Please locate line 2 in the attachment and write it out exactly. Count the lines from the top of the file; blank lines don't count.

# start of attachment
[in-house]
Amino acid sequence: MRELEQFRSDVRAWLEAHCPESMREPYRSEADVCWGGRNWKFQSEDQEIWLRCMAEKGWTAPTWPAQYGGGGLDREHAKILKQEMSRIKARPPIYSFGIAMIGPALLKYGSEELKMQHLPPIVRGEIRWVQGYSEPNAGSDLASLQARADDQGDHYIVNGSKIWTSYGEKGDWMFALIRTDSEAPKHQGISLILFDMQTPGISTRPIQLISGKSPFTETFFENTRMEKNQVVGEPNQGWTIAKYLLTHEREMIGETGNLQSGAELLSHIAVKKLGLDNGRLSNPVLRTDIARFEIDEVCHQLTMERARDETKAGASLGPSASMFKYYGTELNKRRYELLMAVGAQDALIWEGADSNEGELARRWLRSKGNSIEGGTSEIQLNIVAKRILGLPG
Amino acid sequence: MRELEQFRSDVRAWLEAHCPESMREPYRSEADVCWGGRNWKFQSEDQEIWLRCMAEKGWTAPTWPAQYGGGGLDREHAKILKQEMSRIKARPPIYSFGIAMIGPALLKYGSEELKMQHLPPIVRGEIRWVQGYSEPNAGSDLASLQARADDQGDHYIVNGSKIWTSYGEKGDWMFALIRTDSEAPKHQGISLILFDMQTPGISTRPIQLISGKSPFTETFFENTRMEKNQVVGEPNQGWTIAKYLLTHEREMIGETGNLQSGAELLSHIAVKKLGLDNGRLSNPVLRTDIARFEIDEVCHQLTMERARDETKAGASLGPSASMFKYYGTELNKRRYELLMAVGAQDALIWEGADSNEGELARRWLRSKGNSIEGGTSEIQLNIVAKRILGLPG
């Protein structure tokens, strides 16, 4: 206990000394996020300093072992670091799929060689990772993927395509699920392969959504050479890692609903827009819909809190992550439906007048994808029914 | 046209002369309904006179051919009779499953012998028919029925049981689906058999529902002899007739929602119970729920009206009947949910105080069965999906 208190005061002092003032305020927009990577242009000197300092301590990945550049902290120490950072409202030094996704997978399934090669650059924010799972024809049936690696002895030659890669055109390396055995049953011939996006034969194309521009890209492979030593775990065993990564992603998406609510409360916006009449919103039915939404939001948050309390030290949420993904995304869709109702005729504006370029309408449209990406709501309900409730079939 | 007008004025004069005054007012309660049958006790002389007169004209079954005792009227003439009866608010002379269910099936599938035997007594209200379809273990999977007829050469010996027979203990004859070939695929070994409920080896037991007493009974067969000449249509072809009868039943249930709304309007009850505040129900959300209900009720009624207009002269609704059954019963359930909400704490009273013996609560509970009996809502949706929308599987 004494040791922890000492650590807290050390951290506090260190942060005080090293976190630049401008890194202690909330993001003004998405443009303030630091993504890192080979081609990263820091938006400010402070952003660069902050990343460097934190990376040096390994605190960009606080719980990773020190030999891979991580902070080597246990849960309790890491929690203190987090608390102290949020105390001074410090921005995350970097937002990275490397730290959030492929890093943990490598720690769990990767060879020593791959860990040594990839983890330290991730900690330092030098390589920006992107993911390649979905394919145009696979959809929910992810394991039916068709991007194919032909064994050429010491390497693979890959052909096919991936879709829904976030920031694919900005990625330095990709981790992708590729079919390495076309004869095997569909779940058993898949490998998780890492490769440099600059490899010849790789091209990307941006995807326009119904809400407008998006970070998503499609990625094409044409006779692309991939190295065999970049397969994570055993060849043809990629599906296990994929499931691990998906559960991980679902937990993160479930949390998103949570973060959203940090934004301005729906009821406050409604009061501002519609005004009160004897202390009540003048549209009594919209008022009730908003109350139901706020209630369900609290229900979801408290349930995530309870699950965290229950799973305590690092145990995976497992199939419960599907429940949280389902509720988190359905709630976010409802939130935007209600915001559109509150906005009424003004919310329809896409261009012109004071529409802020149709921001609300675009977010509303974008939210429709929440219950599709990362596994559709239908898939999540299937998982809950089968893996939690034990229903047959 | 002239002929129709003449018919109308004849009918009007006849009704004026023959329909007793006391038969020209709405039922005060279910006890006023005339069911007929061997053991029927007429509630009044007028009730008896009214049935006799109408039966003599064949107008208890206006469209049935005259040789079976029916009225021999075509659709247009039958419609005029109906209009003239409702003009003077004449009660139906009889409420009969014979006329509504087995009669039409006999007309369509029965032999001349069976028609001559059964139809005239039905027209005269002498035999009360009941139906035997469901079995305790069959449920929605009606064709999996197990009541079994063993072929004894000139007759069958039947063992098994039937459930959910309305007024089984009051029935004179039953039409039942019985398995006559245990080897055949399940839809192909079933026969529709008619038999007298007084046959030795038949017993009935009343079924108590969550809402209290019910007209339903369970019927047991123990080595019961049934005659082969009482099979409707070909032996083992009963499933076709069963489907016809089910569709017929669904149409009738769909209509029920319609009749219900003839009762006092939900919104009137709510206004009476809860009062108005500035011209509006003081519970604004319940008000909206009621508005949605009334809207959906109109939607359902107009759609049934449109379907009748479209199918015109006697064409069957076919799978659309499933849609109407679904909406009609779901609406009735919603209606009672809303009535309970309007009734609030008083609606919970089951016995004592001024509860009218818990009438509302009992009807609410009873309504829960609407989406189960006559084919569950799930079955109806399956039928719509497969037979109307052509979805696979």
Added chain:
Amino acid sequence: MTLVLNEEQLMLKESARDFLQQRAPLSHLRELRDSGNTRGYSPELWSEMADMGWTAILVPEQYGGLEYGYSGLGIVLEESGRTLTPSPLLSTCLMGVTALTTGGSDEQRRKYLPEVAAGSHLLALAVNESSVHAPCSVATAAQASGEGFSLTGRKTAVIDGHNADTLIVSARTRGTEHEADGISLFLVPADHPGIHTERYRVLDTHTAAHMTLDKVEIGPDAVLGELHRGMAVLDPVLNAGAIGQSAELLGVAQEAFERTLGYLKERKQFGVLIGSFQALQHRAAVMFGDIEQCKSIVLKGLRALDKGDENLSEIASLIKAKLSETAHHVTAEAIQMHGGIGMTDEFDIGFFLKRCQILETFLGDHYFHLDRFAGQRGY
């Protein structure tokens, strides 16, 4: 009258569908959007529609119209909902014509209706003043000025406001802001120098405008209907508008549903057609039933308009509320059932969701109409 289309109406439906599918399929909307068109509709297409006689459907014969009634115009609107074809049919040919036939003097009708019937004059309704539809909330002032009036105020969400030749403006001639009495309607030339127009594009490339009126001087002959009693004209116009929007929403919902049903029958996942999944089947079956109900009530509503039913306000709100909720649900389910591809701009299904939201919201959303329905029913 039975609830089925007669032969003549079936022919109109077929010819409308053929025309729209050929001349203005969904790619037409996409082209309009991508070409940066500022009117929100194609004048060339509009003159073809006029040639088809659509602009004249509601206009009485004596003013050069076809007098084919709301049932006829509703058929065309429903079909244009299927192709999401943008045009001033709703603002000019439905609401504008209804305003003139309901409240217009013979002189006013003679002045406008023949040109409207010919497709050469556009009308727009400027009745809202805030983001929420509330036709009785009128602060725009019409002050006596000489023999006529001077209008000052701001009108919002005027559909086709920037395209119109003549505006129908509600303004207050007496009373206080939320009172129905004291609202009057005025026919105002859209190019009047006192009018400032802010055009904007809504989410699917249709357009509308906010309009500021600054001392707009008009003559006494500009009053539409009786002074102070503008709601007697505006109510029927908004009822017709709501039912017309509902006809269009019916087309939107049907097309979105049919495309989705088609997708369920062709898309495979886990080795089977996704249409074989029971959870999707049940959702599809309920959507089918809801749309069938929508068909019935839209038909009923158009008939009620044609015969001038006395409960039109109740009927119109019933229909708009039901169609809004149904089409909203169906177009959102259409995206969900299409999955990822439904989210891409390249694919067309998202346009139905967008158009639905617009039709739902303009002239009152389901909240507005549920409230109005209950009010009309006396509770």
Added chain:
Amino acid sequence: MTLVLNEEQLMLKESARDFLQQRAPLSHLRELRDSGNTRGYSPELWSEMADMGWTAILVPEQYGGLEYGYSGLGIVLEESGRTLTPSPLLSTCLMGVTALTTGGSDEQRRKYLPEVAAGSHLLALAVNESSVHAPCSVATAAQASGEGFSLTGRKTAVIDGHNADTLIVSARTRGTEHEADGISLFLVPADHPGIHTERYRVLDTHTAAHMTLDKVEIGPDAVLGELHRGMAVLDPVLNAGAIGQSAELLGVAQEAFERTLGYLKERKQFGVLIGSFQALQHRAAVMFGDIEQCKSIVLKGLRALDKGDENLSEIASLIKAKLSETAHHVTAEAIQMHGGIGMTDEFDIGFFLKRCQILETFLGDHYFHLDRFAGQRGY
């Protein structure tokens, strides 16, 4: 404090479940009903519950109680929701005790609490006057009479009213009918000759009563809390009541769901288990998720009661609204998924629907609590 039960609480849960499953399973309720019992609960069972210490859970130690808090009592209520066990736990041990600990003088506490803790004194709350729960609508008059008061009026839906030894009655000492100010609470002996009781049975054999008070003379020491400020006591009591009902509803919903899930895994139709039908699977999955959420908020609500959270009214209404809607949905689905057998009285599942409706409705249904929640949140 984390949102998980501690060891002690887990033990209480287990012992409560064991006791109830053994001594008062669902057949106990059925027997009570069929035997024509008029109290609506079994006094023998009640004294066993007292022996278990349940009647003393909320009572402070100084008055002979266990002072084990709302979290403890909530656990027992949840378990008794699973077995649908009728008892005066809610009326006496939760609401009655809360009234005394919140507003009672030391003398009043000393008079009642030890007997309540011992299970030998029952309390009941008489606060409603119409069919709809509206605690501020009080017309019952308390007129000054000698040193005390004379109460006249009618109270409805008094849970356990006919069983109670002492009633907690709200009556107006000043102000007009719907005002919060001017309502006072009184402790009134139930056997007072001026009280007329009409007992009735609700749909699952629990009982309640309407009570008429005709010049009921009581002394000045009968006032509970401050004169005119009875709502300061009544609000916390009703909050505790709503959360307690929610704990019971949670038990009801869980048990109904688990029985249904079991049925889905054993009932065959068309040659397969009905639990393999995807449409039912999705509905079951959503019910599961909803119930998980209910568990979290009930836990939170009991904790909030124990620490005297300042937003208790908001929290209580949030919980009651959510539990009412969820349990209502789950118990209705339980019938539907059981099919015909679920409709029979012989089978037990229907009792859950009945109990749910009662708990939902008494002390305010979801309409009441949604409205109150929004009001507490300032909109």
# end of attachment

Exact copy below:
Amino acid sequence: MRELEQFRSDVRAWLEAHCPESMREPYRSEADVCWGGRNWKFQSEDQEIWLRCMAEKGWTAPTWPAQYGGGGLDREHAKILKQEMSRIKARPPIYSFGIAMIGPALLKYGSEELKMQHLPPIVRGEIRWVQGYSEPNAGSDLASLQARADDQGDHYIVNGSKIWTSYGEKGDWMFALIRTDSEAPKHQGISLILFDMQTPGISTRPIQLISGKSPFTETFFENTRMEKNQVVGEPNQGWTIAKYLLTHEREMIGETGNLQSGAELLSHIAVKKLGLDNGRLSNPVLRTDIARFEIDEVCHQLTMERARDETKAGASLGPSASMFKYYGTELNKRRYELLMAVGAQDALIWEGADSNEGELARRWLRSKGNSIEGGTSEIQLNIVAKRILGLPG